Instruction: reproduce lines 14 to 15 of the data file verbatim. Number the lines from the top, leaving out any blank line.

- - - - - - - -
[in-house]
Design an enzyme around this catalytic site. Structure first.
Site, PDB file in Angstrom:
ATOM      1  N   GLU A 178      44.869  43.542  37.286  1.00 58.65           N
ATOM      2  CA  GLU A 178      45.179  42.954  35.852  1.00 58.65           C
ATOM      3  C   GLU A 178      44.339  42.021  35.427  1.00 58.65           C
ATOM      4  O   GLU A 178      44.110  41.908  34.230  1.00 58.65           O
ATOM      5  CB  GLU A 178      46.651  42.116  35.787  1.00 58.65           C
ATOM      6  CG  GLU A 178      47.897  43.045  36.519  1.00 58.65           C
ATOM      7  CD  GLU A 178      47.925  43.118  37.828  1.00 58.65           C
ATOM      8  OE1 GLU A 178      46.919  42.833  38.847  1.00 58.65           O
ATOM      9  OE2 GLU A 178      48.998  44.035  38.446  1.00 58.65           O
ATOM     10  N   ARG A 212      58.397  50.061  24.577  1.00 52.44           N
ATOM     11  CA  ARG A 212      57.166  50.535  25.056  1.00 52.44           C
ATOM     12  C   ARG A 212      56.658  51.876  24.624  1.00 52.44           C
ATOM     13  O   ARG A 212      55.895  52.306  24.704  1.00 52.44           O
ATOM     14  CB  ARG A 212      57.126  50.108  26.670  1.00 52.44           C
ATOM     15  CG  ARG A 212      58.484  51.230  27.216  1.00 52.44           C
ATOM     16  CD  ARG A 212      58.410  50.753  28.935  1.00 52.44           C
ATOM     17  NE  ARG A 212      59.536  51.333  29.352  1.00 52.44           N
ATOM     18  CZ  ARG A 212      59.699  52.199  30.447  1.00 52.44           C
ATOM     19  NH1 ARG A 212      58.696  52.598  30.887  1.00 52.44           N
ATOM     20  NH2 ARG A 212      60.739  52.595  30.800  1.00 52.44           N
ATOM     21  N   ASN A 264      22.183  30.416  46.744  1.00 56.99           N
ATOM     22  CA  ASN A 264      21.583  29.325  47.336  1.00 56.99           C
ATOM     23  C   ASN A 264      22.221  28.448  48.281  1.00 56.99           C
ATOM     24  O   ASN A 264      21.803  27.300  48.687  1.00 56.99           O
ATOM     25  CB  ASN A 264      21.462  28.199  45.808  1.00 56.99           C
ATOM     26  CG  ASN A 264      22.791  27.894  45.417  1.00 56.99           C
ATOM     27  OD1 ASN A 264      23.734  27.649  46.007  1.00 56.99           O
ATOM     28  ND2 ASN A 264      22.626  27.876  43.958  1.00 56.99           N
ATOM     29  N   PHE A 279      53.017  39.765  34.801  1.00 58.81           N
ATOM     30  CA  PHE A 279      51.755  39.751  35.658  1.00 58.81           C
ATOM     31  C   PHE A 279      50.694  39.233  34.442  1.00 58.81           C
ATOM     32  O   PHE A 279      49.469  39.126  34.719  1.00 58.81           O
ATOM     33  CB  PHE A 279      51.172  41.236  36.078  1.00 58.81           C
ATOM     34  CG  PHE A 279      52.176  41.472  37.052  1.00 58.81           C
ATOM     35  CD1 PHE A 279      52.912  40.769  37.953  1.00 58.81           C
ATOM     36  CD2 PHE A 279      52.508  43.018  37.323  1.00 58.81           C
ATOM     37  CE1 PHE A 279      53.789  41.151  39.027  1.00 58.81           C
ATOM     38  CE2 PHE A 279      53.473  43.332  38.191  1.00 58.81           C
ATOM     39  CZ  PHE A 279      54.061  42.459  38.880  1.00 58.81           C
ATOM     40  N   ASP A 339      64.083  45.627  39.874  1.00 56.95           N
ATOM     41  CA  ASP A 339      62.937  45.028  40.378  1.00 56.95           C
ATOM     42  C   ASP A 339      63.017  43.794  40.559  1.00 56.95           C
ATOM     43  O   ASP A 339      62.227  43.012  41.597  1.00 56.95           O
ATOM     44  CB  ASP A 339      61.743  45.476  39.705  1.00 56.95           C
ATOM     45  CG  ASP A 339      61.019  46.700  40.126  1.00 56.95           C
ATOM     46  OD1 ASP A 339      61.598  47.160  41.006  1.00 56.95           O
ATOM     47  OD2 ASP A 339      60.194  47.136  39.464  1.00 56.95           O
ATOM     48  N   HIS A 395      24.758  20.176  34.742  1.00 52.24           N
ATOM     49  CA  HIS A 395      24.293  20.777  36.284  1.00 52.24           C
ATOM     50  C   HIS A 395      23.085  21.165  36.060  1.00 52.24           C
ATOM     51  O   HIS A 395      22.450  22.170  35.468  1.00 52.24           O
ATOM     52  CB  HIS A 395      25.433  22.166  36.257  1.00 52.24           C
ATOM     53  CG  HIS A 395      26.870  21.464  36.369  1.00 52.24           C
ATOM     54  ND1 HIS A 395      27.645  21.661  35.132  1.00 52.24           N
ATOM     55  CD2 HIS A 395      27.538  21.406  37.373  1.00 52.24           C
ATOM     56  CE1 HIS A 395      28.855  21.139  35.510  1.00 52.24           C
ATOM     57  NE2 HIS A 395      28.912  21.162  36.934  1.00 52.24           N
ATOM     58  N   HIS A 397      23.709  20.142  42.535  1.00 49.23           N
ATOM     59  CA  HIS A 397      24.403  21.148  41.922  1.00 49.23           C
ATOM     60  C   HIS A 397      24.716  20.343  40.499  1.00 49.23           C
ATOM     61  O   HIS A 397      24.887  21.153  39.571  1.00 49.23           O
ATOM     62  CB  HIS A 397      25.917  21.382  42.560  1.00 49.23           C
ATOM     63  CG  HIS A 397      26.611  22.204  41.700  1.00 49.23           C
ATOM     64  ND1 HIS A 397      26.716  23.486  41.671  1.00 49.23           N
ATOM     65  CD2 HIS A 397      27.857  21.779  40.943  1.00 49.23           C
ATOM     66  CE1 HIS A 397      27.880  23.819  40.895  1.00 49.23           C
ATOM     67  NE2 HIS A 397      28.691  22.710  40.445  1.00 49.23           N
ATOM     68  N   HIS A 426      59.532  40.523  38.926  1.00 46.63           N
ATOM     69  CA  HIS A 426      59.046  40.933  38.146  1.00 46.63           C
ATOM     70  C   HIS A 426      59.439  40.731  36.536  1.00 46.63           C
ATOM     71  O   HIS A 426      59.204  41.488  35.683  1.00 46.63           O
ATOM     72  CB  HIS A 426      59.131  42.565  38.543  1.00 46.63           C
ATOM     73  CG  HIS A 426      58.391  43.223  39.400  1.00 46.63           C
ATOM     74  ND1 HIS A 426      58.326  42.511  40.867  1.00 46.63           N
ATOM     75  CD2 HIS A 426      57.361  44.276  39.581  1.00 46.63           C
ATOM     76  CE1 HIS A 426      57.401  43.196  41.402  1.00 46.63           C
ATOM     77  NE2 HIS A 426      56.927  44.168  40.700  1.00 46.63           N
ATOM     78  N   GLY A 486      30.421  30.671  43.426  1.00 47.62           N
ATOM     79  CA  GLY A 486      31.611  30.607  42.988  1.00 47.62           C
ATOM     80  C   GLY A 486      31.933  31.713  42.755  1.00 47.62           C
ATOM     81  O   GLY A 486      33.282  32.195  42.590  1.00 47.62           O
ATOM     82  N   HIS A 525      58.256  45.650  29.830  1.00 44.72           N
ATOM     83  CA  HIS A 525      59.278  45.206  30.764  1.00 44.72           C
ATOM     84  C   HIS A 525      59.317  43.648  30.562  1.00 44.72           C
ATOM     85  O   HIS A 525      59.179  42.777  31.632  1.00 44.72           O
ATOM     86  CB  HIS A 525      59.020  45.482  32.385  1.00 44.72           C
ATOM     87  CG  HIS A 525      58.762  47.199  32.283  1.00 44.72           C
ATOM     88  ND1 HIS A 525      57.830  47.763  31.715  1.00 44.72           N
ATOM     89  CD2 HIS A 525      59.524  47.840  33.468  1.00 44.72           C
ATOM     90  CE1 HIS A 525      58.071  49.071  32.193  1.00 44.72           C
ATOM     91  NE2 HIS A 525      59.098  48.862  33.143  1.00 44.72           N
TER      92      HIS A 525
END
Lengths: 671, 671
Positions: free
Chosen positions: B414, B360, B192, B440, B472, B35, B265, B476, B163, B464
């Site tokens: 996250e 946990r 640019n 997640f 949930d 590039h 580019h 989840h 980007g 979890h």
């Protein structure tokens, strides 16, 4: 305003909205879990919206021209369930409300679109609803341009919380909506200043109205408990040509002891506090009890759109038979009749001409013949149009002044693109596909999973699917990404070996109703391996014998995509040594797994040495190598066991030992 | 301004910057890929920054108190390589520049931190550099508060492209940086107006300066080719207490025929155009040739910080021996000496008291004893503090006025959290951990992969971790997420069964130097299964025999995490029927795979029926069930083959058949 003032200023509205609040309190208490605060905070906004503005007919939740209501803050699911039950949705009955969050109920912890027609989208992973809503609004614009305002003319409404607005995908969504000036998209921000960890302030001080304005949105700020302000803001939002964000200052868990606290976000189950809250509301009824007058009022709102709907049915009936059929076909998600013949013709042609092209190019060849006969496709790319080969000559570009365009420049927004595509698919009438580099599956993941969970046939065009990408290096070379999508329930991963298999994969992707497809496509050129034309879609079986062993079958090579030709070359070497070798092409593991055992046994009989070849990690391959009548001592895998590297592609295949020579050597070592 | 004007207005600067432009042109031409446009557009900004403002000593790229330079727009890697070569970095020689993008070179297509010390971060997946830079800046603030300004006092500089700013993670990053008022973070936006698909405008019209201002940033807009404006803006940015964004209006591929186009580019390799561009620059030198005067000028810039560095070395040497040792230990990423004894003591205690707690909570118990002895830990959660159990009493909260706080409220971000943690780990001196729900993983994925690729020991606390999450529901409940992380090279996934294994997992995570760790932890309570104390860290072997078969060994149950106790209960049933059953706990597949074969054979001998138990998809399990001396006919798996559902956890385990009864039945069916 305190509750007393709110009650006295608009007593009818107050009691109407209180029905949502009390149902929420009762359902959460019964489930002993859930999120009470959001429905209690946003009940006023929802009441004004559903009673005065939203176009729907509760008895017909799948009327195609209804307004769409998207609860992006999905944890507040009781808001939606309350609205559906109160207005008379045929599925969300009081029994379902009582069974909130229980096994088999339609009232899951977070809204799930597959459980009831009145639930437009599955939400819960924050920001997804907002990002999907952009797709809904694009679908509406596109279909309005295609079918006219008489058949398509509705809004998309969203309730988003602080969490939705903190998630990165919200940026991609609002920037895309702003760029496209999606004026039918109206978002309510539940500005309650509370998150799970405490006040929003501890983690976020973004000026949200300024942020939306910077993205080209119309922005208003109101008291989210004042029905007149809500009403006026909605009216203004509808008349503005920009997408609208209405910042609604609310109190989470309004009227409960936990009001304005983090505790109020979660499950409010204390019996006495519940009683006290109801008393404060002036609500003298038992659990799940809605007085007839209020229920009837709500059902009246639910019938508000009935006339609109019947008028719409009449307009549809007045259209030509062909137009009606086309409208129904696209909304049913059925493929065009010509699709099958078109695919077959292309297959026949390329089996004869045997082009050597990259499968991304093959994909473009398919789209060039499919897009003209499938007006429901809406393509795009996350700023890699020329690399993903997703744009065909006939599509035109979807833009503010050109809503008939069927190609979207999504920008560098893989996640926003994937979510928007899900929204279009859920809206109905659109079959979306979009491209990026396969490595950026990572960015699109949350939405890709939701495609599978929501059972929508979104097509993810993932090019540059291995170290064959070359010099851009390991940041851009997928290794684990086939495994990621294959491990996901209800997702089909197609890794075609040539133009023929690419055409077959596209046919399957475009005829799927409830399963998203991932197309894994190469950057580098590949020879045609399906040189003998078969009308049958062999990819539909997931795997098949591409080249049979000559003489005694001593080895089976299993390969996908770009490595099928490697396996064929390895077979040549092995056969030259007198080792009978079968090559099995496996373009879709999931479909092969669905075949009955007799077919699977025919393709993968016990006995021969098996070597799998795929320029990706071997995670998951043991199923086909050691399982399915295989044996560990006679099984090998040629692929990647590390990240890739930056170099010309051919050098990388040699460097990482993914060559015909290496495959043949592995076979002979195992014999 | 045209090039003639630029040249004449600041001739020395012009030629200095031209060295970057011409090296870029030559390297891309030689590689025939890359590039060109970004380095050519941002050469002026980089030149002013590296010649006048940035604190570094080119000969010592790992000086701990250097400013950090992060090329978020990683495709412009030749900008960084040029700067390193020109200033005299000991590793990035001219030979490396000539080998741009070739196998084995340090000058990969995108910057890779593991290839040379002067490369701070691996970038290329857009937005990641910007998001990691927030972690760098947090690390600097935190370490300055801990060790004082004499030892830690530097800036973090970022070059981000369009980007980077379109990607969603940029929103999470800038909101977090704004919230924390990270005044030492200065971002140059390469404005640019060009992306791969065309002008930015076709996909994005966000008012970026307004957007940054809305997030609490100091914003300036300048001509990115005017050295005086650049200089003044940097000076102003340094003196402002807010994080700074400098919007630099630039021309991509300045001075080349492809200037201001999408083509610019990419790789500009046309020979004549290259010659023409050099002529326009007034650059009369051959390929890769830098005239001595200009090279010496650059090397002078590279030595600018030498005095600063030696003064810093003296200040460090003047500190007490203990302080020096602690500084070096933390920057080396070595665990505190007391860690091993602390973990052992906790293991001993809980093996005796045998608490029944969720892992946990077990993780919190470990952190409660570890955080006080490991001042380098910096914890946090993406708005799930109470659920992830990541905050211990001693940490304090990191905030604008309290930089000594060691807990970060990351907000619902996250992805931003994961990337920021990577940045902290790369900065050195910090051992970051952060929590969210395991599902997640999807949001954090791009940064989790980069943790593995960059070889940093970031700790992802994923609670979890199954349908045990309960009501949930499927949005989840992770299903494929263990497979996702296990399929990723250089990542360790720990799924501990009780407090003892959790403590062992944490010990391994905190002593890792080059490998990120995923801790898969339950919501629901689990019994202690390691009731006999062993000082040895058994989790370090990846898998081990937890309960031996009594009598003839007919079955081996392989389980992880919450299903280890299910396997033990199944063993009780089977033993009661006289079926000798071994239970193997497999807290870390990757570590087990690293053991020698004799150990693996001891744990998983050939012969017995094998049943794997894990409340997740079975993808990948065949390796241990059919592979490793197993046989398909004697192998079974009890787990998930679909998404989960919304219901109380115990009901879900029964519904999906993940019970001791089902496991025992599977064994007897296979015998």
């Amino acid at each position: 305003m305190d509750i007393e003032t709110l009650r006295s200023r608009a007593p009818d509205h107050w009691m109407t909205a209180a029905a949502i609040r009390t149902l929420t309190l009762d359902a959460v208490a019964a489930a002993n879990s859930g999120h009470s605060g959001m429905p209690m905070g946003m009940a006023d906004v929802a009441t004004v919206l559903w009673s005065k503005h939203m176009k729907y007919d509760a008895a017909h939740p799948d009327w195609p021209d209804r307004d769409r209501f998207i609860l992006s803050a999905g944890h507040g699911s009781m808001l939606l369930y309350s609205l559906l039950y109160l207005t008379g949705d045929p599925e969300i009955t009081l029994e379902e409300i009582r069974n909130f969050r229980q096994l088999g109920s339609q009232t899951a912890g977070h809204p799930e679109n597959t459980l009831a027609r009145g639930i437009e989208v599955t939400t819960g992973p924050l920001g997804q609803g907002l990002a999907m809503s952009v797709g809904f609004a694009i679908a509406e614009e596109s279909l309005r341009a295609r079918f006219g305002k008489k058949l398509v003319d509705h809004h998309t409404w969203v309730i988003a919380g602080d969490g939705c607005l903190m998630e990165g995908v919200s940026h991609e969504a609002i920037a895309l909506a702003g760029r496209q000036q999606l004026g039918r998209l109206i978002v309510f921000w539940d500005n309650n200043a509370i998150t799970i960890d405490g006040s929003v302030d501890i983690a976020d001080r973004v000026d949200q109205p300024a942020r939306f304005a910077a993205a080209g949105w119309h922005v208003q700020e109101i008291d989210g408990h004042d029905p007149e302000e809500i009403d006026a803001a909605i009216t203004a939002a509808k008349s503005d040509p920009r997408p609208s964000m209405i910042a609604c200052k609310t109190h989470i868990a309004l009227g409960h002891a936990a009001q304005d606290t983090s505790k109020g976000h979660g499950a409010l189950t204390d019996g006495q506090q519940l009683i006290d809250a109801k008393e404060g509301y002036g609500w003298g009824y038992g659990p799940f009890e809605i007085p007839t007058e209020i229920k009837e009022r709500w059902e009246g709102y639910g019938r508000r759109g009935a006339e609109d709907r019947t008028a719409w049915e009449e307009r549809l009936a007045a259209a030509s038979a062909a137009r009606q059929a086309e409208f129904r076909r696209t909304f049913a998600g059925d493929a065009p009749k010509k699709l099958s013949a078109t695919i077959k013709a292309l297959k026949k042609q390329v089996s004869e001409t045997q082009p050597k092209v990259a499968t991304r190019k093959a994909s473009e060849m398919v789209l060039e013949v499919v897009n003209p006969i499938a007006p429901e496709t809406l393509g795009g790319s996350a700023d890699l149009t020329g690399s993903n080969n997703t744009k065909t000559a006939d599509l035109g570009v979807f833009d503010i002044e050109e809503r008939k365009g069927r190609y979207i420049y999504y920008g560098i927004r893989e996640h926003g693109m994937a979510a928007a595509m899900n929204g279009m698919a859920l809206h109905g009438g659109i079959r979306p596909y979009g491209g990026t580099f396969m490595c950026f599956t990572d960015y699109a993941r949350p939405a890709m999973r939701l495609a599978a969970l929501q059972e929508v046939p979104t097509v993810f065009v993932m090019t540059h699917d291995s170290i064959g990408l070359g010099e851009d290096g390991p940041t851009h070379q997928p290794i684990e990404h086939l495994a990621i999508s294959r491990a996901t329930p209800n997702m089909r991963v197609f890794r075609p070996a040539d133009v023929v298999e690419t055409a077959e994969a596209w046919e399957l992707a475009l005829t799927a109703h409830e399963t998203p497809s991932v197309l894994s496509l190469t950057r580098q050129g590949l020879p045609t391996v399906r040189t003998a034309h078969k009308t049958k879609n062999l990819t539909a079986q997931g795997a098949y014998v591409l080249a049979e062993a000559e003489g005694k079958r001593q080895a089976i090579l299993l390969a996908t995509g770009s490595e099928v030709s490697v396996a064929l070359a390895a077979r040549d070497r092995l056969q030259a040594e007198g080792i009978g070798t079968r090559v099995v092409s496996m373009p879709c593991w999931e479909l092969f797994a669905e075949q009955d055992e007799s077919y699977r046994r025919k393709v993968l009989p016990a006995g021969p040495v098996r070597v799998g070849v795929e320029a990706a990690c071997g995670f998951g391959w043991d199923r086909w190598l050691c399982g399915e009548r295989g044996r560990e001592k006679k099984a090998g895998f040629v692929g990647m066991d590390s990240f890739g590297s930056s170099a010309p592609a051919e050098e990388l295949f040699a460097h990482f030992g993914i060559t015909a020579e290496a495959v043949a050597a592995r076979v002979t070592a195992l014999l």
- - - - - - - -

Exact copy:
ATOM     11  CA  ARG A 212      57.166  50.535  25.056  1.00 52.44           C
ATOM     12  C   ARG A 212      56.658  51.876  24.624  1.00 52.44           C